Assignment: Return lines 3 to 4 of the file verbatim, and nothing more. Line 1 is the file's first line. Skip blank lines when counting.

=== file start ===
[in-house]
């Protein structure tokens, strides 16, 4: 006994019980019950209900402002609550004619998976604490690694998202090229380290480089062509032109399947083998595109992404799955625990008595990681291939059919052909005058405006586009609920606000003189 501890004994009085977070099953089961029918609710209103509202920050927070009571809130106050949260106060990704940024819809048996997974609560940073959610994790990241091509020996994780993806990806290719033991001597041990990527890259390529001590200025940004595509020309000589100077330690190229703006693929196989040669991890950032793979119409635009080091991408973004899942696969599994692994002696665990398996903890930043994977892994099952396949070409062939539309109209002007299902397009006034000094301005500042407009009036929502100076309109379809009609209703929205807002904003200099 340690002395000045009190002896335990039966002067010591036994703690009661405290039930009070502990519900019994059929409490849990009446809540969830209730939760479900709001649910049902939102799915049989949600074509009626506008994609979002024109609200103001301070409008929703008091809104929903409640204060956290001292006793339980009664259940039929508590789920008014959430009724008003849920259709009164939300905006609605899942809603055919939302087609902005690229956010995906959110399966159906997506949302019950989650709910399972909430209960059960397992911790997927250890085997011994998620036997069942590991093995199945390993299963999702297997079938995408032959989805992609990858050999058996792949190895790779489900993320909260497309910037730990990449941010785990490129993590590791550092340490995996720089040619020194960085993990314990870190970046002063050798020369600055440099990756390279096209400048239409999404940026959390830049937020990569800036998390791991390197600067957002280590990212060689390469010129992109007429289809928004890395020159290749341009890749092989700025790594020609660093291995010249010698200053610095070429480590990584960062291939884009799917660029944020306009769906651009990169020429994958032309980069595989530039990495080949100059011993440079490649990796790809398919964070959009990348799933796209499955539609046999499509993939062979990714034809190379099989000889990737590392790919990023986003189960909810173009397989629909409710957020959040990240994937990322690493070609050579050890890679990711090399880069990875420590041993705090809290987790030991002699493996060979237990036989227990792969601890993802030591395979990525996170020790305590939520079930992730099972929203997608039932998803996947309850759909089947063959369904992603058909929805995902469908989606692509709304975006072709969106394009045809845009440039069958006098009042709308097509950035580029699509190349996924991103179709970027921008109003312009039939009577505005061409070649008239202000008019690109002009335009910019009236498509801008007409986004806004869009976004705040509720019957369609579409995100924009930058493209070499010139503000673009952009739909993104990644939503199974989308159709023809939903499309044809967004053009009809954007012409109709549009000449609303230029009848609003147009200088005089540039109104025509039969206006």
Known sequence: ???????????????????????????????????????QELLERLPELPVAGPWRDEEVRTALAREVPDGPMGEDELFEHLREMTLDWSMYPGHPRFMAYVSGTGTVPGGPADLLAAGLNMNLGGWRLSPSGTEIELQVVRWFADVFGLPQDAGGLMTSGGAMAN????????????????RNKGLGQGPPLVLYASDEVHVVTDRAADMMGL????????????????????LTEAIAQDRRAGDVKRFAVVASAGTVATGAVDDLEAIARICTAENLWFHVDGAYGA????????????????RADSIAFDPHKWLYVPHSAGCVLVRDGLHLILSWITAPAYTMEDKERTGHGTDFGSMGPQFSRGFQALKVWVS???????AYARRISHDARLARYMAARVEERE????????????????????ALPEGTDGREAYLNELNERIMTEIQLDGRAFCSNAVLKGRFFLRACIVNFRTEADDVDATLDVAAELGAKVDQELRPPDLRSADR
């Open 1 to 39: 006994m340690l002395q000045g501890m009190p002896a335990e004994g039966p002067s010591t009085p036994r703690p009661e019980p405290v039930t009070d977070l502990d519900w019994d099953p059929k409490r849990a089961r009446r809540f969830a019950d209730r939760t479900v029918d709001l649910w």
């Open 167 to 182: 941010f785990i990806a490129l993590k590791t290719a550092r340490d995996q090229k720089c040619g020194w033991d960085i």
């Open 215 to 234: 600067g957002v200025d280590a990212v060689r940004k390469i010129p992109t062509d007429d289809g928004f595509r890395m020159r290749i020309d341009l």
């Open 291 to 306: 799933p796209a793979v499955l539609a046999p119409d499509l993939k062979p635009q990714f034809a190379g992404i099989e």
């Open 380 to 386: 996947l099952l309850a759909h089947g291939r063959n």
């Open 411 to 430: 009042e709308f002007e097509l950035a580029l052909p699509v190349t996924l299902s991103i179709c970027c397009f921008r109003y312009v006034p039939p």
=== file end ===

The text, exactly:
Known sequence: ???????????????????????????????????????QELLERLPELPVAGPWRDEEVRTALAREVPDGPMGEDELFEHLREMTLDWSMYPGHPRFMAYVSGTGTVPGGPADLLAAGLNMNLGGWRLSPSGTEIELQVVRWFADVFGLPQDAGGLMTSGGAMAN????????????????RNKGLGQGPPLVLYASDEVHVVTDRAADMMGL????????????????????LTEAIAQDRRAGDVKRFAVVASAGTVATGAVDDLEAIARICTAENLWFHVDGAYGA????????????????RADSIAFDPHKWLYVPHSAGCVLVRDGLHLILSWITAPAYTMEDKERTGHGTDFGSMGPQFSRGFQALKVWVS???????AYARRISHDARLARYMAARVEERE????????????????????ALPEGTDGREAYLNELNERIMTEIQLDGRAFCSNAVLKGRFFLRACIVNFRTEADDVDATLDVAAELGAKVDQELRPPDLRSADR
């Open 1 to 39: 006994m340690l002395q000045g501890m009190p002896a335990e004994g039966p002067s010591t009085p036994r703690p009661e019980p405290v039930t009070d977070l502990d519900w019994d099953p059929k409490r849990a089961r009446r809540f969830a019950d209730r939760t479900v029918d709001l649910w």